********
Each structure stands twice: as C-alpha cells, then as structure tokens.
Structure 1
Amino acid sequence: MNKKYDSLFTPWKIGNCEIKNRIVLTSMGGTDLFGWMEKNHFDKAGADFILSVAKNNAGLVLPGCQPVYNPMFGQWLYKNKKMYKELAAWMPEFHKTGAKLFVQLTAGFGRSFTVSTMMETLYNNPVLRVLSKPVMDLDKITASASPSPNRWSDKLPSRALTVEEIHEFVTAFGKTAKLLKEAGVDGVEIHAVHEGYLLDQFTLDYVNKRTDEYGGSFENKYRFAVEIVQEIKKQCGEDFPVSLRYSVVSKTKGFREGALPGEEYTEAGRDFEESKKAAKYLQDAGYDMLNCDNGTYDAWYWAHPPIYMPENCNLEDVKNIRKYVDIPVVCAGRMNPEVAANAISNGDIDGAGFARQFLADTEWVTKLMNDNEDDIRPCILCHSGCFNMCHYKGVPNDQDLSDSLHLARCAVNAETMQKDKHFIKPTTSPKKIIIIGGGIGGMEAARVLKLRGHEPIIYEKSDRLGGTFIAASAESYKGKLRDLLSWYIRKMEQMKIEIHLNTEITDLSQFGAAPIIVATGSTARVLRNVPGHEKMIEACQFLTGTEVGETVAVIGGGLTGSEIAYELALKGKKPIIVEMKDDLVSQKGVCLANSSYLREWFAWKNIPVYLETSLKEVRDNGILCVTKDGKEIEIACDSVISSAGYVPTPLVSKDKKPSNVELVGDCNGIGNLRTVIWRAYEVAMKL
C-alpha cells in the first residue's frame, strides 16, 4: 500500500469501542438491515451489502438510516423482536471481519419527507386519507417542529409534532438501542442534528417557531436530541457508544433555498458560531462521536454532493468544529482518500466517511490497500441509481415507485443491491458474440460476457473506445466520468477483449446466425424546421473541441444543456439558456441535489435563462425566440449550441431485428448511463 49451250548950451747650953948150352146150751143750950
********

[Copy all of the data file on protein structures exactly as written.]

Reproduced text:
Each structure stands twice: as C-alpha cells, then as structure tokens.
Structure 1
Amino acid sequence: MNKKYDSLFTPWKIGNCEIKNRIVLTSMGGTDLFGWMEKNHFDKAGADFILSVAKNNAGLVLPGCQPVYNPMFGQWLYKNKKMYKELAAWMPEFHKTGAKLFVQLTAGFGRSFTVSTMMETLYNNPVLRVLSKPVMDLDKITASASPSPNRWSDKLPSRALTVEEIHEFVTAFGKTAKLLKEAGVDGVEIHAVHEGYLLDQFTLDYVNKRTDEYGGSFENKYRFAVEIVQEIKKQCGEDFPVSLRYSVVSKTKGFREGALPGEEYTEAGRDFEESKKAAKYLQDAGYDMLNCDNGTYDAWYWAHPPIYMPENCNLEDVKNIRKYVDIPVVCAGRMNPEVAANAISNGDIDGAGFARQFLADTEWVTKLMNDNEDDIRPCILCHSGCFNMCHYKGVPNDQDLSDSLHLARCAVNAETMQKDKHFIKPTTSPKKIIIIGGGIGGMEAARVLKLRGHEPIIYEKSDRLGGTFIAASAESYKGKLRDLLSWYIRKMEQMKIEIHLNTEITDLSQFGAAPIIVATGSTARVLRNVPGHEKMIEACQFLTGTEVGETVAVIGGGLTGSEIAYELALKGKKPIIVEMKDDLVSQKGVCLANSSYLREWFAWKNIPVYLETSLKEVRDNGILCVTKDGKEIEIACDSVISSAGYVPTPLVSKDKKPSNVELVGDCNGIGNLRTVIWRAYEVAMKL
C-alpha cells in the first residue's frame, strides 16, 4: 500500500469501542438491515451489502438510516423482536471481519419527507386519507417542529409534532438501542442534528417557531436530541457508544433555498458560531462521536454532493468544529482518500466517511490497500441509481415507485443491491458474440460476457473506445466520468477483449446466425424546421473541441444543456439558456441535489435563462425566440449550441431485428448511463 49451250548950451747650953948150352146150751143750950